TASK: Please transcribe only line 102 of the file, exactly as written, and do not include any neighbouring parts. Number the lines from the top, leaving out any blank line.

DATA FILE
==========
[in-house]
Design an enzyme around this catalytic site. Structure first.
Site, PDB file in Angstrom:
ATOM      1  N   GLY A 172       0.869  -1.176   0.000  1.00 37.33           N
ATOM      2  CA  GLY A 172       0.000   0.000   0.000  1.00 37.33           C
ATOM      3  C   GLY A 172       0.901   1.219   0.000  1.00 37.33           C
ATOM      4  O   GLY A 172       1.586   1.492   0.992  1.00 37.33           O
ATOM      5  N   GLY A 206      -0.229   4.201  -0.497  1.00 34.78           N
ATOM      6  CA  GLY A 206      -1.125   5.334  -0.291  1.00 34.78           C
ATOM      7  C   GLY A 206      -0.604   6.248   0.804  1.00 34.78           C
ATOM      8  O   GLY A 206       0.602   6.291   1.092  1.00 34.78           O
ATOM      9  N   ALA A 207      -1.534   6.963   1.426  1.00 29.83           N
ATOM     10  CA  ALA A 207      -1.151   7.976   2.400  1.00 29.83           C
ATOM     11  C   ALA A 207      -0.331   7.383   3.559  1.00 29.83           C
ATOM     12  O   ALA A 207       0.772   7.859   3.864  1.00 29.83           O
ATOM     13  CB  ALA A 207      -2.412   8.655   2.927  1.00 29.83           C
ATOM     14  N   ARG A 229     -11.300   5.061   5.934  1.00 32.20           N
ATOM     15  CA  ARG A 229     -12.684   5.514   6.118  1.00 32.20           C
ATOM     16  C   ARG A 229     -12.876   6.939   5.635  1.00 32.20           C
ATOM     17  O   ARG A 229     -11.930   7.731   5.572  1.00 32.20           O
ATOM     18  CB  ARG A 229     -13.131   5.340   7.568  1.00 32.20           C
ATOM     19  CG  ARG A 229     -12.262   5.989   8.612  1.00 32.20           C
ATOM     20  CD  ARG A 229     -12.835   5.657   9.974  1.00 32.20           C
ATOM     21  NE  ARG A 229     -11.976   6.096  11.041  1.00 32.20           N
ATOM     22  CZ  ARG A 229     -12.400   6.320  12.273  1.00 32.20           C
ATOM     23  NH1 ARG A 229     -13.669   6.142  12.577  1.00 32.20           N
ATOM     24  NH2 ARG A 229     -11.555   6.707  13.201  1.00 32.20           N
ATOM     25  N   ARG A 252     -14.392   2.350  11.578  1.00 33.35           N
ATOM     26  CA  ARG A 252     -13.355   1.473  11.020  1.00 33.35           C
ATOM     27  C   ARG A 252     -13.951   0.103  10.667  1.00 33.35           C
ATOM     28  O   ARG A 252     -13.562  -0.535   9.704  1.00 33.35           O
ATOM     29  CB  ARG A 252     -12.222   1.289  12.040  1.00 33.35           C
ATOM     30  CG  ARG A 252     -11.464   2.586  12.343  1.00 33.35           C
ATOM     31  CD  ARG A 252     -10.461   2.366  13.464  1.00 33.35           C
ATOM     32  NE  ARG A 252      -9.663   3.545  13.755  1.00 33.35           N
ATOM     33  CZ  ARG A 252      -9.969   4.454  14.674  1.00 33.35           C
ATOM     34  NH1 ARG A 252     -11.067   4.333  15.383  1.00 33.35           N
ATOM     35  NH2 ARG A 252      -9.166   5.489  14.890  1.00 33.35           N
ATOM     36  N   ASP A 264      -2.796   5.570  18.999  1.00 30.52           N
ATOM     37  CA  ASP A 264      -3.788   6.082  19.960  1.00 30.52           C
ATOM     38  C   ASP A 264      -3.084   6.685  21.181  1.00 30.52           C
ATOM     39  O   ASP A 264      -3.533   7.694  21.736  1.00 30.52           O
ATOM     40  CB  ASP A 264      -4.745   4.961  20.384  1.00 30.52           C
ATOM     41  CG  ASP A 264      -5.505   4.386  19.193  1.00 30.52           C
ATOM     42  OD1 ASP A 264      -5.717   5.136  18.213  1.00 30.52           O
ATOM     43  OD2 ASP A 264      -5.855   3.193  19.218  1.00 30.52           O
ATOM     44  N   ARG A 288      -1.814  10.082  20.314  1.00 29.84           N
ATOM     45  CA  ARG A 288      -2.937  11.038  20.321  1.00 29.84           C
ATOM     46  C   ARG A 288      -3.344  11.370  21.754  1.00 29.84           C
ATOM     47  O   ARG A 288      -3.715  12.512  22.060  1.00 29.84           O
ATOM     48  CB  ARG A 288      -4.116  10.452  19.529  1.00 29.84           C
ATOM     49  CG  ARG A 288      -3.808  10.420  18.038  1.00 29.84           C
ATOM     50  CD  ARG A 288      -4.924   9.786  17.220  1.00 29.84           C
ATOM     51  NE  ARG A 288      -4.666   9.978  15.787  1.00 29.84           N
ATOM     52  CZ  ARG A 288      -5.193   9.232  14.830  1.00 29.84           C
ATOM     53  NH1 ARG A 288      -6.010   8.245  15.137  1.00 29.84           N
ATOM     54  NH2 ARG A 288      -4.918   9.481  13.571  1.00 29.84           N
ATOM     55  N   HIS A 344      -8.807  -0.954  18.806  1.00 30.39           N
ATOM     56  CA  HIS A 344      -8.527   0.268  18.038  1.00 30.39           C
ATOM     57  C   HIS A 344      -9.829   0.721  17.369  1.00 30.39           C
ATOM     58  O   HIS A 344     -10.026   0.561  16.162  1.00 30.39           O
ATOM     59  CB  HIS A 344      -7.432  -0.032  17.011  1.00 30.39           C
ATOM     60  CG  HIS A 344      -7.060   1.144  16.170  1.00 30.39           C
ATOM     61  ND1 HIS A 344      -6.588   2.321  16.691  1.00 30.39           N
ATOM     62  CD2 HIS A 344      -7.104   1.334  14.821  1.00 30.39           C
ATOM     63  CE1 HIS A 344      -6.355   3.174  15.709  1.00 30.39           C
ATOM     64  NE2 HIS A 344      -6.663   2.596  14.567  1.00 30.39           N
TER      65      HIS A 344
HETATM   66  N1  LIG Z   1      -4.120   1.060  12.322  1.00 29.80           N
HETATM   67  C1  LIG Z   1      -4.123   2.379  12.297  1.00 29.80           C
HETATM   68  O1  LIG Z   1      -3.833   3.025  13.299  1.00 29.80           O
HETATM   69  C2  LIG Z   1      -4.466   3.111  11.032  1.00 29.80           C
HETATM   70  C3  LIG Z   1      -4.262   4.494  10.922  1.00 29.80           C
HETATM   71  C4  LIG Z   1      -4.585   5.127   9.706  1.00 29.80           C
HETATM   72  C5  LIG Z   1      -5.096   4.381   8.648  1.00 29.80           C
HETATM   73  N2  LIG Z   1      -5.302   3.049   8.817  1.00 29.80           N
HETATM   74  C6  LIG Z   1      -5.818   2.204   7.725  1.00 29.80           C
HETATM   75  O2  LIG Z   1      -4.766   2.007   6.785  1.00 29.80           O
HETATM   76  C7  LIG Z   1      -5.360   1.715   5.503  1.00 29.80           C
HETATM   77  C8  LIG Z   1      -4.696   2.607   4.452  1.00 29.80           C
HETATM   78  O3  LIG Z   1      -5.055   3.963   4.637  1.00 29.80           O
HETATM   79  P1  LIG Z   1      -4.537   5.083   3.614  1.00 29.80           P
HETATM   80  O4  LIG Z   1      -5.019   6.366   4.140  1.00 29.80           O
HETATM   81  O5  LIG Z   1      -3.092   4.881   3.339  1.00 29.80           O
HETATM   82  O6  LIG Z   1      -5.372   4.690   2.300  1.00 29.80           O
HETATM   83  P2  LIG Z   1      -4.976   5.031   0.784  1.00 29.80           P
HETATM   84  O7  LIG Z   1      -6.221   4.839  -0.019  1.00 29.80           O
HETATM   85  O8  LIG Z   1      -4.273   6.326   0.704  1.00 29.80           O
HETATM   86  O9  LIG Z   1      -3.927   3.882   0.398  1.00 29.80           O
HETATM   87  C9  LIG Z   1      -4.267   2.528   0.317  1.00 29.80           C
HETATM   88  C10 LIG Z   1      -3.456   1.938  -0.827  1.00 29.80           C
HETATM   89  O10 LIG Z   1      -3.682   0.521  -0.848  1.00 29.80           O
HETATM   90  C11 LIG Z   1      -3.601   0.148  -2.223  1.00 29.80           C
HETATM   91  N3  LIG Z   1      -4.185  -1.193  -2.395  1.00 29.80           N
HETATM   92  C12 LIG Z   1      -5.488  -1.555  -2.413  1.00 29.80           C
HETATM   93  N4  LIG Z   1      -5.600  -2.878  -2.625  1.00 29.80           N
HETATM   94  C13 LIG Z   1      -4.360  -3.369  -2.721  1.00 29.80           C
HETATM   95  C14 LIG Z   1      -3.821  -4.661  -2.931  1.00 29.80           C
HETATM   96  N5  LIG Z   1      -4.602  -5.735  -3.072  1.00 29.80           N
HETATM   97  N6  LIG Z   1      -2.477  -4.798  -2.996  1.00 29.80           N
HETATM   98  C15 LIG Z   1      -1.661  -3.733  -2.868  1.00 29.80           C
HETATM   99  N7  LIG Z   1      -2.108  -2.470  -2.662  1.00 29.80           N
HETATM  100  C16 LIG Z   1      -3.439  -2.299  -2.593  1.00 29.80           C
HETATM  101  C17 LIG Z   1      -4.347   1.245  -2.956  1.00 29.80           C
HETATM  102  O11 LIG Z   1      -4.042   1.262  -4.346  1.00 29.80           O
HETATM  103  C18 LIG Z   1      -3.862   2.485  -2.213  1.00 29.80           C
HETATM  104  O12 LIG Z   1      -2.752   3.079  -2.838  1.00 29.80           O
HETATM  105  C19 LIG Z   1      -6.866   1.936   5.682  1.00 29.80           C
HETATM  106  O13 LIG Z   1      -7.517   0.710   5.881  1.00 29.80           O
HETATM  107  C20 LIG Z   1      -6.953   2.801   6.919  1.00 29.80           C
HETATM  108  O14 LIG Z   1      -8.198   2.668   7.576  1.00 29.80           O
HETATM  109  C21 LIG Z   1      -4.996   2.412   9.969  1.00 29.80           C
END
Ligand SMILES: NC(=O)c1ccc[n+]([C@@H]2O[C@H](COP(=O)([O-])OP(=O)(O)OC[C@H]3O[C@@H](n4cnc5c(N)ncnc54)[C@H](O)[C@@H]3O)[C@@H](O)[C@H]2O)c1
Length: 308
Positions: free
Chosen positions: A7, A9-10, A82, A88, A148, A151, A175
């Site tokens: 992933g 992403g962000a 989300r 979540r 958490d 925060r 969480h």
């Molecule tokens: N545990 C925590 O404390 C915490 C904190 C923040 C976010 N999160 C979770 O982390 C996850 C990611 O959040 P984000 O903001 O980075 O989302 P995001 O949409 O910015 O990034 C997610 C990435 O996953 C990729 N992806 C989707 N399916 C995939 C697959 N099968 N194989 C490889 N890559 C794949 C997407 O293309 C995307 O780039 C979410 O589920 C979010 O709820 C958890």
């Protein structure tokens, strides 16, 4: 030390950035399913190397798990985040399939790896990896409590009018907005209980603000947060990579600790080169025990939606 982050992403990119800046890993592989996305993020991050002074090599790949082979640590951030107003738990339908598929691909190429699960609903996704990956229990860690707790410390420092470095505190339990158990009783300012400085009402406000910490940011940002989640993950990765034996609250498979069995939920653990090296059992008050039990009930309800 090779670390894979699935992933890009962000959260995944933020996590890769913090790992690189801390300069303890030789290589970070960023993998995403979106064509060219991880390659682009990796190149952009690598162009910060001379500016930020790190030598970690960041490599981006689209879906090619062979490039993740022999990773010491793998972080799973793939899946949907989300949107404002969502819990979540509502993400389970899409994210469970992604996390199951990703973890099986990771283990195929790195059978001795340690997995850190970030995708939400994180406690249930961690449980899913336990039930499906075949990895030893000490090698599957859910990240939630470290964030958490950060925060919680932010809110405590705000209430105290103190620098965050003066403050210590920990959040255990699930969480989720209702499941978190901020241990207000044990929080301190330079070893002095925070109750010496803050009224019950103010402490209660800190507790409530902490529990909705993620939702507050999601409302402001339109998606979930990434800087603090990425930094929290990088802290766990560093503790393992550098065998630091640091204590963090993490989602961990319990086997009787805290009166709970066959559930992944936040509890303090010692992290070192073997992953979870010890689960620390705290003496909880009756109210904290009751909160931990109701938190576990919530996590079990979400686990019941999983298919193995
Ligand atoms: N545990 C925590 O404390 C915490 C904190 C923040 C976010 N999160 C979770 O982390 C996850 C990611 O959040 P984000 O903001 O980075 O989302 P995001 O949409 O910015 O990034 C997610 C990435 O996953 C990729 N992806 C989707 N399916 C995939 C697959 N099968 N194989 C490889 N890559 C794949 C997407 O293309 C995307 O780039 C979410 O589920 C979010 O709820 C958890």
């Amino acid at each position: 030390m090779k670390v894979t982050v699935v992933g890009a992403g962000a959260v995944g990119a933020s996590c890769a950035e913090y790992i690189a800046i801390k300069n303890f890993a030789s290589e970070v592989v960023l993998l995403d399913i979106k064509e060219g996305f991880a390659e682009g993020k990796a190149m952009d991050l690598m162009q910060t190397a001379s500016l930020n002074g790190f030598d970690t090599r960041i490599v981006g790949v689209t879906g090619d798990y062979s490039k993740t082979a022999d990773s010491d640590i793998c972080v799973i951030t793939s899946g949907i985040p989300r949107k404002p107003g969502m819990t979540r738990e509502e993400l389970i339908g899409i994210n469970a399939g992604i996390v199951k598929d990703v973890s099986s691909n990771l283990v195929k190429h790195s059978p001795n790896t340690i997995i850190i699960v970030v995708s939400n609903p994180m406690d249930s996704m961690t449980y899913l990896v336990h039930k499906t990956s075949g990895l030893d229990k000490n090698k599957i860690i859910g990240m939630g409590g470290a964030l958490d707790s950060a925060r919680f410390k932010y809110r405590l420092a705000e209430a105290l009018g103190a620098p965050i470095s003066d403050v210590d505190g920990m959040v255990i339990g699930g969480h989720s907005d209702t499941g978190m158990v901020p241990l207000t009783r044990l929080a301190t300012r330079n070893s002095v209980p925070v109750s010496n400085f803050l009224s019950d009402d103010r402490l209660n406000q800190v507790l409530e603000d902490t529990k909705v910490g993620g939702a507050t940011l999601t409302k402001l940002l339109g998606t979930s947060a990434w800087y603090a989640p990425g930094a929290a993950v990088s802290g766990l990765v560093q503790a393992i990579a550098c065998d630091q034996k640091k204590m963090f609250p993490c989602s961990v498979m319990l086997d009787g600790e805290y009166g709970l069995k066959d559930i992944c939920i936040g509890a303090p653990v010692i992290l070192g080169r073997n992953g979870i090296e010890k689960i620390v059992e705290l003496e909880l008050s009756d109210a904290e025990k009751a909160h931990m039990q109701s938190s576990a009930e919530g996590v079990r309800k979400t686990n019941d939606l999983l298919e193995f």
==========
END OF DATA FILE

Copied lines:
HETATM   99  N7  LIG Z   1      -2.108  -2.470  -2.662  1.00 29.80           N